Our "Social Contract" is a Lie
Raja Petra Kamarudin, the editor of Malaysia Today, has written a column on the machinations of constitutional law in Malaysia, and how ketuanan Melayu is protected by it.
There are a number of problems with his presentation of the facts, however. It is unquestionably correct that the British started this nonsense about Malay supremacy.
But still, to conclude that it was the British who entrenched Malay supremacy in the Constitution, subjecting things like Article 153 to the purview of the Malay rulers to avoid any change in the situation, is simply wrong.
The Reid Commission which drafted our Constitution actually featured eminent jurists from all over the Commonwealth — not just Britain. But even more damning for Raja Petra's argument, the last thing the Reid Commission wanted to do was to entrench Article 153, which makes it the prerogative of the Yang di-Pertuan Agong to protect the native communities of Malaysia.
In their view, Article 153 was meant to be a temporary thing. Like the New Economic Policy, Article 153 has been twisted by the government into becoming a permanent feature of our legal landscape, when the Reid Commission wanted it subject to a 15-year sunset clause.
The entrenchment of Article 153 was thus nowhere in the Constitution for 12 years, from independence in 1957 until 1969. It was only after the May 13 racial riots that our Constitution was amended to prevent the amendment of Article 153 and other portions of the Constitution without the consent of the Malay rulers.
I am not sure if Raja Petra's suggestion that since the Yang di-Pertuan Agong's consent is now no longer necessary for a bill to become binding law, this entrenchment of Malay supremacy is gone. I doubt that this is a correct interpretation of the law, because as long as the Constitution states that the Malay rulers must consent to any amendment which touches on the entrenched portions of the Constitution, then they still hold the power to check attempts to remove Malay supremacy.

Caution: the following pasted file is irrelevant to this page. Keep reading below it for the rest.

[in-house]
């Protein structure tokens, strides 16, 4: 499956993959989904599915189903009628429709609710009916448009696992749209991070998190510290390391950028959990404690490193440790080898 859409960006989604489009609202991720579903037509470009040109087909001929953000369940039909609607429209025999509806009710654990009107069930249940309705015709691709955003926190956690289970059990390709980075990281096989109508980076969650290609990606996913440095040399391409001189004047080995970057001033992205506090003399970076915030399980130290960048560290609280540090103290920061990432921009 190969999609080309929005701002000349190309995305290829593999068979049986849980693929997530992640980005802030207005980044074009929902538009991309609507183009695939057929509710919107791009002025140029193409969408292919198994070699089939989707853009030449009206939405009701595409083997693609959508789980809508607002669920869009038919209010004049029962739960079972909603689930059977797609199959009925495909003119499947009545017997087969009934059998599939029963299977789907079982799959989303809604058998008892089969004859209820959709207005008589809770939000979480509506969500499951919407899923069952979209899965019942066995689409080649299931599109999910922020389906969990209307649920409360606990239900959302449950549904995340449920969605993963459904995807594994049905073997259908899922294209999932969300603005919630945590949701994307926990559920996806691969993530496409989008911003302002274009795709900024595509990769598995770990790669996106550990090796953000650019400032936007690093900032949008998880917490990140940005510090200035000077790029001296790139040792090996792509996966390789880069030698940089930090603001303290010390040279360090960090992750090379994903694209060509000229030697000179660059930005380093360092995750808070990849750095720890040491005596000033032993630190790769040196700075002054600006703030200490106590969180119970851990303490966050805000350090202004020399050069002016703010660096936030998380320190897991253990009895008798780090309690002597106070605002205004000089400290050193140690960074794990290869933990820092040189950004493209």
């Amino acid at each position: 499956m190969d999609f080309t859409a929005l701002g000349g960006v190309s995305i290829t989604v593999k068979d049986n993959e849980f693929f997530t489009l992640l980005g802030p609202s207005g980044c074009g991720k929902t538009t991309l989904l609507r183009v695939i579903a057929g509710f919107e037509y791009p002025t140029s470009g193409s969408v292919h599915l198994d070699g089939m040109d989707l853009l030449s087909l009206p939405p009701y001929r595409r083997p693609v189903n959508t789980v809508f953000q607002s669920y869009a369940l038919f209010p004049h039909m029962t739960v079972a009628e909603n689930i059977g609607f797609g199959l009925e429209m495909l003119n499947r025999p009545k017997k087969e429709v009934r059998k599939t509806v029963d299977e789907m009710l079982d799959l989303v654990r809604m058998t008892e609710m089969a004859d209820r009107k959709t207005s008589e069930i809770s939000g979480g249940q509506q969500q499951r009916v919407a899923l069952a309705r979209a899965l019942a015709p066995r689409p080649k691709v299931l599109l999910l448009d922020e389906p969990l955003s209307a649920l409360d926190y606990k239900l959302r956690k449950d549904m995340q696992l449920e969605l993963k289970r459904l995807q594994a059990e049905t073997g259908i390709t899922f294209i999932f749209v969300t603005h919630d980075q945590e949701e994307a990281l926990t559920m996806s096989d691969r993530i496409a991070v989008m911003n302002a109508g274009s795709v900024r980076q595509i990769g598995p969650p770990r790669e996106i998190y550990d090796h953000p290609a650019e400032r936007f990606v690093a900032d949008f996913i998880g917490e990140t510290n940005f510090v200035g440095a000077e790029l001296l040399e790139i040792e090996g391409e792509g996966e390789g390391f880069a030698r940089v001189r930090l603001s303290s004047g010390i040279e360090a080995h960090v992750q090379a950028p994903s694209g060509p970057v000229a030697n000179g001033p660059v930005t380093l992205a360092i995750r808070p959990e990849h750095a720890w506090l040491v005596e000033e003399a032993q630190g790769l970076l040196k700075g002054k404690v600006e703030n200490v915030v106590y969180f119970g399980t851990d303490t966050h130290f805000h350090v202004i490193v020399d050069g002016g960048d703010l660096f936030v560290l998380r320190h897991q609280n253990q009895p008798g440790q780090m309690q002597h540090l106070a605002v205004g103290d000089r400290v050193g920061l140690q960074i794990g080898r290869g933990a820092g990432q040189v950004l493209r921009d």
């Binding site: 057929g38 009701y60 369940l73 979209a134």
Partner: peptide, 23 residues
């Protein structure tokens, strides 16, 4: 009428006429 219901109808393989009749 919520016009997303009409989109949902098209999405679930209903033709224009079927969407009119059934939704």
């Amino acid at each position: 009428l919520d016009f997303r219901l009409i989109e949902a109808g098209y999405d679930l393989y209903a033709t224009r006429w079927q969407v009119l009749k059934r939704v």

What I find truly troubling, though, is the implicit assumption that Article 153 represents Malay supremacy, and that it must be done away with to destroy ketuanan Melayu. Reading this article, it is difficult to see how it can be interpreted as supporting supremacy of the native communities.
After all, as has been astutely noted before, Article 153(1) states:
It shall be the responsibility of the Yang di-Pertuan Agong to safeguard the special position of the Malays and natives of any of the States of Sabah and Sarawak and the legitimate interests of other communities in accordance with the provisions of this Article.Article 153 in reality is an article for all Malaysians! The only issue of course, is the "special position" of the native peoples — but what exactly is this "special position"? This is not spelled out by the Constitution.
I personally think that the "special position" is the fact that these communities, like it or not, are part of the country and its backbone. Much of our identity, like it or not, comes from them and their traditions. Our head of state, our flag, our state religion, our national language — they are all derived from the Malays.
With this in mind, it makes perfect sense to protect the people who gave our country its name and its initial identity, to ensure they are not left behind by economic development. This interpretation — that Article 153 is meant to give the Bumiputras parity, not supremacy — sounds very strange to our modern ears.
But this is the interpretation I believe that would be favoured by the Reid Commission, which saw Article 153 as a temporary means of helping the Malays catch up with the non-Malays, and to prevent their rights as equal Malaysians with an equal right to participate in the economic life of our country from being infringed.
The idea of course was that at some point this would be unnecessary — but I would not object to maintaining Article 153. All we have to do is understand that it protects these communities, who have a special position in our country's history, from being treated unfairly. This is borne out by the fact that Article 153(1) seeks to protect all Malaysians, holding the Yang di-Pertuan Agong responsible for protecting the legitimate interests of the other communities as well.
The "social contract" as it is understood by our government, and accepted by people like Raja Petra, is completely and totally flawed, and must be thrown out. The true meaning of our social contract is to give all Malaysians a fair stake in our country and its socioeconomic life. That is the point of our Constitution and our social contract, and to understand it otherwise is to do a disservice to our founding fathers and the Constitution they gave us.